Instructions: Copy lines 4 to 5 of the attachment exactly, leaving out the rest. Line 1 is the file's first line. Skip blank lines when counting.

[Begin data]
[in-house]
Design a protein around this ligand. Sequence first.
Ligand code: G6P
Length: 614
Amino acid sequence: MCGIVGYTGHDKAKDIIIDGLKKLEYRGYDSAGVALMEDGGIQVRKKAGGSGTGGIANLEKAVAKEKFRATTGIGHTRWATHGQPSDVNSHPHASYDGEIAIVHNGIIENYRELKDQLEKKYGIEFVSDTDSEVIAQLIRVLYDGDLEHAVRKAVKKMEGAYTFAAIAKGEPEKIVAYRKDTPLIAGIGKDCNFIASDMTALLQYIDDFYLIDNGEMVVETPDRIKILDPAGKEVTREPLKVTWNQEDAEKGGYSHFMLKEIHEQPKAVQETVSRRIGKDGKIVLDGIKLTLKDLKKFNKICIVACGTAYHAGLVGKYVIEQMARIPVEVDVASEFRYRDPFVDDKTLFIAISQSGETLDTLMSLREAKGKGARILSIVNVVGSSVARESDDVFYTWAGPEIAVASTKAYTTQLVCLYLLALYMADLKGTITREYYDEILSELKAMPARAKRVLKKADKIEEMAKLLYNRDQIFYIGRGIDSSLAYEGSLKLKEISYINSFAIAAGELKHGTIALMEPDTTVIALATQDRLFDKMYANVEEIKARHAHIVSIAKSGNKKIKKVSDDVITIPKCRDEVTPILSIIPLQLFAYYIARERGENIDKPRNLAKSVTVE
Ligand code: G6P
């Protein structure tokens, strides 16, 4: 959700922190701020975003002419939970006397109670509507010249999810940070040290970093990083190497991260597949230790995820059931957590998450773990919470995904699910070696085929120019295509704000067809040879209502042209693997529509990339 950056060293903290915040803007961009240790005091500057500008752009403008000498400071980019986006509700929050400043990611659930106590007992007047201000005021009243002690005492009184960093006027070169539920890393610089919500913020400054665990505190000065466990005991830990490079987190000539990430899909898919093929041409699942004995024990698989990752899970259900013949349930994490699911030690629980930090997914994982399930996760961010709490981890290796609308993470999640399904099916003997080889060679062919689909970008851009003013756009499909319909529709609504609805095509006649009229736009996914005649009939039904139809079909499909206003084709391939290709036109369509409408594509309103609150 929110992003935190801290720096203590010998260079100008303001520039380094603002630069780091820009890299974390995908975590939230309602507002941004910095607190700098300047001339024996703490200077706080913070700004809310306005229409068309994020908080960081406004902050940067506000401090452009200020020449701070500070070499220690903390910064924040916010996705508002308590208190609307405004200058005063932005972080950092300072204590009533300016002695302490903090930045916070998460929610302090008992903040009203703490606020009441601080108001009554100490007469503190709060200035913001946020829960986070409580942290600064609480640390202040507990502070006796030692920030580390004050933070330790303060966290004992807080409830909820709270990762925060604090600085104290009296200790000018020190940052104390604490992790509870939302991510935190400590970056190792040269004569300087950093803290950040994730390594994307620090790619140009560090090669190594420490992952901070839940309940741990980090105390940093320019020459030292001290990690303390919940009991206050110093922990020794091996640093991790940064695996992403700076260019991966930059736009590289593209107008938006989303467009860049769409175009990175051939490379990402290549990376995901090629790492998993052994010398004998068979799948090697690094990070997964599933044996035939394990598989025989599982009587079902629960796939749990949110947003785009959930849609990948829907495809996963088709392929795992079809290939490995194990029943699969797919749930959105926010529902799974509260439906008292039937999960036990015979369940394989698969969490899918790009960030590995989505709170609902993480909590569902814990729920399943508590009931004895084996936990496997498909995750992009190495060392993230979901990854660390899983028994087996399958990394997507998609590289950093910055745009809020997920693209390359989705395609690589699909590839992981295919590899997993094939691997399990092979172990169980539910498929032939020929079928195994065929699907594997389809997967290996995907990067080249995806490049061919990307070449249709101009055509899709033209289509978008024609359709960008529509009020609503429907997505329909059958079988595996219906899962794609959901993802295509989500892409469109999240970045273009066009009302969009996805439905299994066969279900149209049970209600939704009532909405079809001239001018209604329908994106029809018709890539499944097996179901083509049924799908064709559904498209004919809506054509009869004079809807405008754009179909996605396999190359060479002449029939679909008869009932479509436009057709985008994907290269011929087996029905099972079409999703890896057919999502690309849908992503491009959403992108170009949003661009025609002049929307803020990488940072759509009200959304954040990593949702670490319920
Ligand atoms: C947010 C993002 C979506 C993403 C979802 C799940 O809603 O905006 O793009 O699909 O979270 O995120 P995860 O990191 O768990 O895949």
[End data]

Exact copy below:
Length: 614
Amino acid sequence: MCGIVGYTGHDKAKDIIIDGLKKLEYRGYDSAGVALMEDGGIQVRKKAGGSGTGGIANLEKAVAKEKFRATTGIGHTRWATHGQPSDVNSHPHASYDGEIAIVHNGIIENYRELKDQLEKKYGIEFVSDTDSEVIAQLIRVLYDGDLEHAVRKAVKKMEGAYTFAAIAKGEPEKIVAYRKDTPLIAGIGKDCNFIASDMTALLQYIDDFYLIDNGEMVVETPDRIKILDPAGKEVTREPLKVTWNQEDAEKGGYSHFMLKEIHEQPKAVQETVSRRIGKDGKIVLDGIKLTLKDLKKFNKICIVACGTAYHAGLVGKYVIEQMARIPVEVDVASEFRYRDPFVDDKTLFIAISQSGETLDTLMSLREAKGKGARILSIVNVVGSSVARESDDVFYTWAGPEIAVASTKAYTTQLVCLYLLALYMADLKGTITREYYDEILSELKAMPARAKRVLKKADKIEEMAKLLYNRDQIFYIGRGIDSSLAYEGSLKLKEISYINSFAIAAGELKHGTIALMEPDTTVIALATQDRLFDKMYANVEEIKARHAHIVSIAKSGNKKIKKVSDDVITIPKCRDEVTPILSIIPLQLFAYYIARERGENIDKPRNLAKSVTVE